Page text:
4. Good points James. I am an Apple user, and use a Macbook Pro to code with for various reasons. Reason 1 – OSX. Which is essentially UNIX. But I am getting increasingly fed up with Apple and their moves. I think a sea change is coming, people are sick to the back teeth of strongarm corporates and backdoor deals across the board in our culture, whether in our politics, or culture or our technology.

    Yes, there is an element of technofetishism and Apple, like any smart company, can leverage that energy for good or bad. Generally their products are good, but their politics are becoming rather draconian.

    But hackers are smart too – if Apple carry on in this fashion, sod their iPhones and iPads and iWidgets. I’ll get an Acer, put Linux on it, and hack away as the rotten apple recedes in my memory. They are just another company after all…

  5. Despite being a card-carrying member of the Free Software Foundation, I use a mixture of Linux/Unix systems, a Macbook, an iPod and Windows, for a variety of reasons, some personal, some professional. However, I see whatever support I’m giving to the businesses and organizations behind those system as my choices, and I’m happy to debate the merits of those choices.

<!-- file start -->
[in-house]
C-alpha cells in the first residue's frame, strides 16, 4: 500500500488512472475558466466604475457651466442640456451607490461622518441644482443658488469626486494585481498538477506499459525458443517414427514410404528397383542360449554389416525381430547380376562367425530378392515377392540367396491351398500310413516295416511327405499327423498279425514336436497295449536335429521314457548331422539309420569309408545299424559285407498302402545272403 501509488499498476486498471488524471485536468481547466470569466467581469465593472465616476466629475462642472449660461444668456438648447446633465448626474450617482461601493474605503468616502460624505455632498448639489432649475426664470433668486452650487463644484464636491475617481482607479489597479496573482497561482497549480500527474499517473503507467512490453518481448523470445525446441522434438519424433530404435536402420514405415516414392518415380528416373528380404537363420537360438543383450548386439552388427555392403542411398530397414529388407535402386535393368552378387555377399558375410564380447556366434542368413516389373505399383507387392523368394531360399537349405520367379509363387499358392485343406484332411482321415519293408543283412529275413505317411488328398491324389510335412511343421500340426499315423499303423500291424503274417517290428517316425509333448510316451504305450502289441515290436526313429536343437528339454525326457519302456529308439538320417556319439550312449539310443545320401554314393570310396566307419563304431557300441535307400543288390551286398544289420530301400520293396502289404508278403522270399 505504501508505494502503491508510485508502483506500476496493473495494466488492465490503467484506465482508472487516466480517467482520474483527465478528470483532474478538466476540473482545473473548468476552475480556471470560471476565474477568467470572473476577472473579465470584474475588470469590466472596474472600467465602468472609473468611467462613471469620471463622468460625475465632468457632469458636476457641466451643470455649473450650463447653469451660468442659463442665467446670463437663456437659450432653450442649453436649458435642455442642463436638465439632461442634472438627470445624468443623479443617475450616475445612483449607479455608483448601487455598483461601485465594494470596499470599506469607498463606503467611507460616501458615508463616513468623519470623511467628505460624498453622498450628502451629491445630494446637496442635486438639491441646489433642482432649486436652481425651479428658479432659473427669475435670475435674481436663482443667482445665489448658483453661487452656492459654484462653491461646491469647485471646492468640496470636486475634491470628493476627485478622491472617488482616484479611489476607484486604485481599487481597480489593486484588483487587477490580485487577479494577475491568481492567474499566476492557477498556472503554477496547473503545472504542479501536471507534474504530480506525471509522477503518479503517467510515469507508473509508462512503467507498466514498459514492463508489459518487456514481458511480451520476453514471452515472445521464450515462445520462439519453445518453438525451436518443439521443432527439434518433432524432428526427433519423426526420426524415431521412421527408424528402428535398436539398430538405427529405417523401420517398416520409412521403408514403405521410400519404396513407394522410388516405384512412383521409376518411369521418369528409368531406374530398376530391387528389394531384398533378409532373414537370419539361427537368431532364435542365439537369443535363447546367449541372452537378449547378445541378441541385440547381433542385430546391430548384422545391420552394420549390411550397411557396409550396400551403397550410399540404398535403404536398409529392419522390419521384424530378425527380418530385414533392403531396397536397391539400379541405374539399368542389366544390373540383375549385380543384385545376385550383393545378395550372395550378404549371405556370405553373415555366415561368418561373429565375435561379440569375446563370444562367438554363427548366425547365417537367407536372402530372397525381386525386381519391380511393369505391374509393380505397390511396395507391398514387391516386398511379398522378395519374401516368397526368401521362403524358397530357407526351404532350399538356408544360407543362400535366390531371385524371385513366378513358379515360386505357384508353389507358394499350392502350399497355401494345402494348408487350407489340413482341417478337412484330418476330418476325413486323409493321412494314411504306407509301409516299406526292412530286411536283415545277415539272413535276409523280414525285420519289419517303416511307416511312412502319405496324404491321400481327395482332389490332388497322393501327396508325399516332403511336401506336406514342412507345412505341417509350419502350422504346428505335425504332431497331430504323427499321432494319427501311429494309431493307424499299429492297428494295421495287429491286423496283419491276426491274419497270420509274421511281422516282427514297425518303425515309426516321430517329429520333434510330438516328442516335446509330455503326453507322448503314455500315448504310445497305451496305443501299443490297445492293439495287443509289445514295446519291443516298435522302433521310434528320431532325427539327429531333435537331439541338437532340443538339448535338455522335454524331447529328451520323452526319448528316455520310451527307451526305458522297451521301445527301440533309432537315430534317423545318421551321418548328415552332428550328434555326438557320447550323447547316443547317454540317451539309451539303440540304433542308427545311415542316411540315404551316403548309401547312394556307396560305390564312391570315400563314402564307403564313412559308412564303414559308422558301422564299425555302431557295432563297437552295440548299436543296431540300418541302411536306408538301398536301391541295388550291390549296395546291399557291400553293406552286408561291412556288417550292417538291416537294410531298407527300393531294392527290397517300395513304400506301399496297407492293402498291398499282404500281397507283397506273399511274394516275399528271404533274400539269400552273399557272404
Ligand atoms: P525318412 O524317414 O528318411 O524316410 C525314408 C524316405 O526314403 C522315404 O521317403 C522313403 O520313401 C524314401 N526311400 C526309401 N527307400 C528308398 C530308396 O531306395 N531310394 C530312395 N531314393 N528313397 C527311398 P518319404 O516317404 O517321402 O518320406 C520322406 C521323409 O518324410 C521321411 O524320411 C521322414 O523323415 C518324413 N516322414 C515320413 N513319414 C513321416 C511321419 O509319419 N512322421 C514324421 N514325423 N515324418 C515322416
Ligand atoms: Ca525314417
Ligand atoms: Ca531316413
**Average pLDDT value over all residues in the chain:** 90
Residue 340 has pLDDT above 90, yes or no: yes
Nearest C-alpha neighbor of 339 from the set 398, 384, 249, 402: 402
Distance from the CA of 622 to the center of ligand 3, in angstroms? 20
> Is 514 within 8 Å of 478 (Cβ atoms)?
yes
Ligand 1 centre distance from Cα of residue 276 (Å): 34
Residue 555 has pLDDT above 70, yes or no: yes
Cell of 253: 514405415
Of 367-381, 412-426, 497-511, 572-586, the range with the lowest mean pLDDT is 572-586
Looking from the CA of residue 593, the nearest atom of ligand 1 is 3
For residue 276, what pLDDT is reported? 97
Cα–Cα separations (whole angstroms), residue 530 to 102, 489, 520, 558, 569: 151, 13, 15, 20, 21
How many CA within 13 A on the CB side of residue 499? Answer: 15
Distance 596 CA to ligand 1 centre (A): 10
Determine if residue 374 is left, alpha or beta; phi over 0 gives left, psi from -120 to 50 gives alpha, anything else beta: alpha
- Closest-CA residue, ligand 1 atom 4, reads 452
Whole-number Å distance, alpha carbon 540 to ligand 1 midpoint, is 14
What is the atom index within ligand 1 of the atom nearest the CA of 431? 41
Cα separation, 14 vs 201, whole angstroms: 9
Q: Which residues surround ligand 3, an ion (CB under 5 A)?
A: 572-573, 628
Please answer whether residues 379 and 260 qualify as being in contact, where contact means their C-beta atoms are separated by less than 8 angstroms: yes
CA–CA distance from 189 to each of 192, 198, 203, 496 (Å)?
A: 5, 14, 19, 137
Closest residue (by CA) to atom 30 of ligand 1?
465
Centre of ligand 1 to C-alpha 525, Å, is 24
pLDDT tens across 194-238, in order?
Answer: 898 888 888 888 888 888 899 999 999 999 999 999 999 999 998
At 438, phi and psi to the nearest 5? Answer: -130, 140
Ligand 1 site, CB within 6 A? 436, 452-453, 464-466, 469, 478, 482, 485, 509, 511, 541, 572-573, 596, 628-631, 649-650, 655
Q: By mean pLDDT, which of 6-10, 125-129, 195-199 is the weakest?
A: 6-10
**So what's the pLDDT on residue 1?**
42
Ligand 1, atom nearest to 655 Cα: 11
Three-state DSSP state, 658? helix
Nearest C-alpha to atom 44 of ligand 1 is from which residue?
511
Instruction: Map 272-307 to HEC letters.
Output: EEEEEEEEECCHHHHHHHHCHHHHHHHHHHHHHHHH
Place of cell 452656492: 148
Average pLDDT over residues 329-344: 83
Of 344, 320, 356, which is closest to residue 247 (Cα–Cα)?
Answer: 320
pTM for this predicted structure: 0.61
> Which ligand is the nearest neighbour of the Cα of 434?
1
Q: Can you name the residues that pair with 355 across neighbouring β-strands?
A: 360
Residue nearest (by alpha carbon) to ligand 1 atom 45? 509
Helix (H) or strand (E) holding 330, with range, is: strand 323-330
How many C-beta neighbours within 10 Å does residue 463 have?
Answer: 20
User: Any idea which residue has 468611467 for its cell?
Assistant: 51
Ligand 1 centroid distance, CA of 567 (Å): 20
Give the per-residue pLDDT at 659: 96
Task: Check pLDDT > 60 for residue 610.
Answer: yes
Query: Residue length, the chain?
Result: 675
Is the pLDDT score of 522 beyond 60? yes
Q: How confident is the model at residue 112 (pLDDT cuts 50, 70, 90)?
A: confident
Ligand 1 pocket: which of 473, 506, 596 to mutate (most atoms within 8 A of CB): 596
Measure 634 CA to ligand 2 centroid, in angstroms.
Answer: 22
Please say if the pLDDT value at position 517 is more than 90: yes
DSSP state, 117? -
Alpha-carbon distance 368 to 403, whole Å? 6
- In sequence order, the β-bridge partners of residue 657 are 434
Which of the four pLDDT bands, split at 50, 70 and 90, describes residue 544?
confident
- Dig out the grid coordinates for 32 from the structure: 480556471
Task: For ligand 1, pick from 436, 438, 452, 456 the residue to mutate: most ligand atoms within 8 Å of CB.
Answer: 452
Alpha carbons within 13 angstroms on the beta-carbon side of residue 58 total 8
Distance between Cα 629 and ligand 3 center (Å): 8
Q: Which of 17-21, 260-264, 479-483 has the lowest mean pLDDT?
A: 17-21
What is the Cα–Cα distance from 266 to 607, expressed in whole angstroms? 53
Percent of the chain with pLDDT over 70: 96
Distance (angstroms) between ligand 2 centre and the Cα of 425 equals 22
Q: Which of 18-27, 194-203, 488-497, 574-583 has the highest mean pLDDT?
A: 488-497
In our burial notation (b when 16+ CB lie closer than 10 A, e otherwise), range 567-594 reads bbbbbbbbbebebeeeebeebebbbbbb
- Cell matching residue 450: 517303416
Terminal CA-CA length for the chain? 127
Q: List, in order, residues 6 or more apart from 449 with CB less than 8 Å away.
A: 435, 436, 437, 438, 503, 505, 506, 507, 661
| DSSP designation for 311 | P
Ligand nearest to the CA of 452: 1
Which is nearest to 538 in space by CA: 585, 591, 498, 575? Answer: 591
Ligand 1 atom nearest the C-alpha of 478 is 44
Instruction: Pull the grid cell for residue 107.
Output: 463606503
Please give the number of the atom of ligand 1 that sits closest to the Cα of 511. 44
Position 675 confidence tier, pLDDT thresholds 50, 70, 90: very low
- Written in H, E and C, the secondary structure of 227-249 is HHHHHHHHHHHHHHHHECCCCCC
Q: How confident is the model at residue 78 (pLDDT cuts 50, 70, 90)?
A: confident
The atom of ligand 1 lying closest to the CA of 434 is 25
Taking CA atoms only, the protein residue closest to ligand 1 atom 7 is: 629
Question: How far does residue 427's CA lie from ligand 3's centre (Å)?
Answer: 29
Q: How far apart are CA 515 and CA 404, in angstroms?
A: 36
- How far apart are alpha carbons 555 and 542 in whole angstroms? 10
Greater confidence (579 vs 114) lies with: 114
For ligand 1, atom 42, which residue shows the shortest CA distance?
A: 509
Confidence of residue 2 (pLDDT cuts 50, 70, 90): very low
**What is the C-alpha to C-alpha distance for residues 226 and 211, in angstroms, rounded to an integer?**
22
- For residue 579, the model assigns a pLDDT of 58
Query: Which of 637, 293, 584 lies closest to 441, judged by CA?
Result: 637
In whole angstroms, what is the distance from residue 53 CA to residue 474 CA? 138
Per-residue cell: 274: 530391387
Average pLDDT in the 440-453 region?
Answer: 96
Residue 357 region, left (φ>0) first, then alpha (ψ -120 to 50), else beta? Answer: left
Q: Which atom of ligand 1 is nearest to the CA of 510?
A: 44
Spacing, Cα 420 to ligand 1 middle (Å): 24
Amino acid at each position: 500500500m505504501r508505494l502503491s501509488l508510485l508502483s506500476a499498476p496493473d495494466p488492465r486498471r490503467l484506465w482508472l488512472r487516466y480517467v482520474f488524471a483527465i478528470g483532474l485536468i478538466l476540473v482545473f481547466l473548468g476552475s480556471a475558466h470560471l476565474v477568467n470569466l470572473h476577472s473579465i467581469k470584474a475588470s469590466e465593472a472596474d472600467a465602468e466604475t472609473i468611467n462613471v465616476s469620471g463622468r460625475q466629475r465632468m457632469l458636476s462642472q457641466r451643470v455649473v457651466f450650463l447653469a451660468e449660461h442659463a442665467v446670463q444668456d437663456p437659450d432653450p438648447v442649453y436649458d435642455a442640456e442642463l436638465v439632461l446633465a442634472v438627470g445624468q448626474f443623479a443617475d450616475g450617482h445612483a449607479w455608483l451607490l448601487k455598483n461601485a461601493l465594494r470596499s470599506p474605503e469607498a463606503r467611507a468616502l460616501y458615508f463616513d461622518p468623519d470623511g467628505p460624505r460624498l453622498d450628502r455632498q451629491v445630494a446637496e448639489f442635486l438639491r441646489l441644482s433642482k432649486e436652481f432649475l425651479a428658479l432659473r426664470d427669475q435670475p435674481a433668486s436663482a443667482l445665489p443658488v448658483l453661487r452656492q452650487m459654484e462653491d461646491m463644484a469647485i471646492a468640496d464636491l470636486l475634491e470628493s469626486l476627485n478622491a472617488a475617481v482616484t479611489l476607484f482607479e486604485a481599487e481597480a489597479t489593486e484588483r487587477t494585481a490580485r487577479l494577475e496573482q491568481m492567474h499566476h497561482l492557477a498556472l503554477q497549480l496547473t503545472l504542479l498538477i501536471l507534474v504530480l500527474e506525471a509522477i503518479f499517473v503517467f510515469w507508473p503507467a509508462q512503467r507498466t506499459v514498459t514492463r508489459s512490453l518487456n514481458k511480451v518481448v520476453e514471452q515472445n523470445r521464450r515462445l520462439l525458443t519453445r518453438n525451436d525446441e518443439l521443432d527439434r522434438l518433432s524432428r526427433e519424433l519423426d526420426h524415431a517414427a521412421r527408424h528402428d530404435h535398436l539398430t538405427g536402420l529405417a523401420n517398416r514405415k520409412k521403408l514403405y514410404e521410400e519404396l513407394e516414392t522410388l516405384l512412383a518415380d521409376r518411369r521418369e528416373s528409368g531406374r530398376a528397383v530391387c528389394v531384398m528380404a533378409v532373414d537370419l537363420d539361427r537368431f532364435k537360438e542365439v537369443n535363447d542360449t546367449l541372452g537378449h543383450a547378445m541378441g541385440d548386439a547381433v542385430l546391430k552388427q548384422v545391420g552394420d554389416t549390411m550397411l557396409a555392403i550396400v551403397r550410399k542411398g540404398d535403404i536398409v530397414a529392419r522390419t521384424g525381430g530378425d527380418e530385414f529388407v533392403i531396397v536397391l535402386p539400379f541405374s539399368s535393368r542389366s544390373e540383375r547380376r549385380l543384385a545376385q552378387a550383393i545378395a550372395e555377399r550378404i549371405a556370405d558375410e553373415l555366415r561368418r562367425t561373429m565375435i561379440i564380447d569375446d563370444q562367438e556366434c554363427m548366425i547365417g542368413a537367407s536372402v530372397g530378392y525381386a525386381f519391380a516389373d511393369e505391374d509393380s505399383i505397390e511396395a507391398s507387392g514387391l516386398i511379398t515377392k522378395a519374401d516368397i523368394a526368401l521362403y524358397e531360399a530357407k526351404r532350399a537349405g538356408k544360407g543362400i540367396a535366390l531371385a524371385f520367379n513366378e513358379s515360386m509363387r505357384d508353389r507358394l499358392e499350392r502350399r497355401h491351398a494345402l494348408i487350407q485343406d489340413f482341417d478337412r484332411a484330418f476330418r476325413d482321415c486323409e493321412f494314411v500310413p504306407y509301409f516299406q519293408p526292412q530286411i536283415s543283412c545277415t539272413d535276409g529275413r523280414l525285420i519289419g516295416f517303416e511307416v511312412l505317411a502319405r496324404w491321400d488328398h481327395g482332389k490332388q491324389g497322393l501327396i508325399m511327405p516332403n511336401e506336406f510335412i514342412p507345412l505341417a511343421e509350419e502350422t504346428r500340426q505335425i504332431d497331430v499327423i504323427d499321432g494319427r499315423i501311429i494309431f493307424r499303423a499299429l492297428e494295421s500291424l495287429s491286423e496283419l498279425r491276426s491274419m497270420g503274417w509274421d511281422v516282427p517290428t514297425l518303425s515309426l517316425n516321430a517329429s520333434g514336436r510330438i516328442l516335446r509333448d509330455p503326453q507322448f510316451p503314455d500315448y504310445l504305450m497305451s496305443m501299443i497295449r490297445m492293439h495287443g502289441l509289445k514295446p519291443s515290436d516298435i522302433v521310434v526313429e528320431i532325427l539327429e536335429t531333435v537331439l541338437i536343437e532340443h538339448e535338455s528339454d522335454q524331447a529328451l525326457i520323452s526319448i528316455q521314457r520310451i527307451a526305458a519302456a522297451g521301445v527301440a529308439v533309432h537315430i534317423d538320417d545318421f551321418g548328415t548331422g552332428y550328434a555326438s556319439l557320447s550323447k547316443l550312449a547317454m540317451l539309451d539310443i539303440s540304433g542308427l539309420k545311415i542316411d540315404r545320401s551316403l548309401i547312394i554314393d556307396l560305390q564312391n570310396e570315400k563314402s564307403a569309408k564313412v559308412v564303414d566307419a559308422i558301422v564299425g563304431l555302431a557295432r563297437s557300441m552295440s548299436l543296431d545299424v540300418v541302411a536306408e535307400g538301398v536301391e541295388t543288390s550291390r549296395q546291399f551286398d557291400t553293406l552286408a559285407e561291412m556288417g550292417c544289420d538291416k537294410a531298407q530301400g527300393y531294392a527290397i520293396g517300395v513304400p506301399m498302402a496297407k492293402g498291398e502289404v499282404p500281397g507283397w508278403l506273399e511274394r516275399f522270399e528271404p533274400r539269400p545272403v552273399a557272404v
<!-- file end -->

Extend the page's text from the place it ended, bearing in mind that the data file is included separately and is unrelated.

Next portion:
This is on a different plane of importance from the conduct of the government in steam-rollering into law a poorly-considered mechanism for commercial entities to interfere with communications between individuals, a mechanism which threatens damage to any of us in ways that the hoary old Mac/PC, closed/open arguments cannot.

    Choosing Apple over Ubuntu can’t break democracy, but easily-abusable powers to disconnect voices might.

    • Happy to agree it’s in a vastly different league, and that choice matters – I can make the choice not to enrich Apple, but despite ongoing email discussion with my MP, the best I could get from him was to turn up to the third reading, then abstain!!

      Regardless, if the core principles of openness, collaboration and innovation are deemed to be “good things”, I see Apple and DEBill broadly standing on the same side of the line. With a fair bit of time, I’m sure I could expand the positions significantly – but the most important thing for me today was to at least air the thought.

  6. I’m struggle to see the analogy. You’ll have to expand on what elements in DEBill you see as analogous to Apple’s closed ecosystem. Not allowing me to install Flash on the iPad for instance, is not in the same league as removing my internet connection for visiting the “wrong” sites.

  7. […] The busiest day of the year was April 9th with 169 views. The most popular post that day was Hate #debill but love Apple? I’m curious…. […]